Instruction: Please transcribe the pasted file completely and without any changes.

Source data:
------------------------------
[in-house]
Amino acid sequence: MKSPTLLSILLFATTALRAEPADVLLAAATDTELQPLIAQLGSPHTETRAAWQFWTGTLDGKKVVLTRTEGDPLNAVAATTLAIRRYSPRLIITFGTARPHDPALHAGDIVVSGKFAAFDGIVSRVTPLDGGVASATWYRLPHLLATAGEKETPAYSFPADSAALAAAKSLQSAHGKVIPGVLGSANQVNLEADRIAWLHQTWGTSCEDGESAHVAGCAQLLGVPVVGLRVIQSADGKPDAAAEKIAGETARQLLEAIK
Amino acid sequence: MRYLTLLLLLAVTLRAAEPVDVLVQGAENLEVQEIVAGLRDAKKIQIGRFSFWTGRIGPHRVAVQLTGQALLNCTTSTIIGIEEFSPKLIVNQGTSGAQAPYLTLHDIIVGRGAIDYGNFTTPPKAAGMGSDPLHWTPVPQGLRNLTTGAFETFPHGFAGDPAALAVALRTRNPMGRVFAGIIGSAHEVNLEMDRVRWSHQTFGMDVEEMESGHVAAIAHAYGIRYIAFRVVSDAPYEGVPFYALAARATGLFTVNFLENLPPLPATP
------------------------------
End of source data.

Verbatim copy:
[in-house]
Amino acid sequence: MKSPTLLSILLFATTALRAEPADVLLAAATDTELQPLIAQLGSPHTETRAAWQFWTGTLDGKKVVLTRTEGDPLNAVAATTLAIRRYSPRLIITFGTARPHDPALHAGDIVVSGKFAAFDGIVSRVTPLDGGVASATWYRLPHLLATAGEKETPAYSFPADSAALAAAKSLQSAHGKVIPGVLGSANQVNLEADRIAWLHQTWGTSCEDGESAHVAGCAQLLGVPVVGLRVIQSADGKPDAAAEKIAGETARQLLEAIK
Amino acid sequence: MRYLTLLLLLAVTLRAAEPVDVLVQGAENLEVQEIVAGLRDAKKIQIGRFSFWTGRIGPHRVAVQLTGQALLNCTTSTIIGIEEFSPKLIVNQGTSGAQAPYLTLHDIIVGRGAIDYGNFTTPPKAAGMGSDPLHWTPVPQGLRNLTTGAFETFPHGFAGDPAALAVALRTRNPMGRVFAGIIGSAHEVNLEMDRVRWSHQTFGMDVEEMESGHVAAIAHAYGIRYIAFRVVSDAPYEGVPFYALAARATGLFTVNFLENLPPLPATP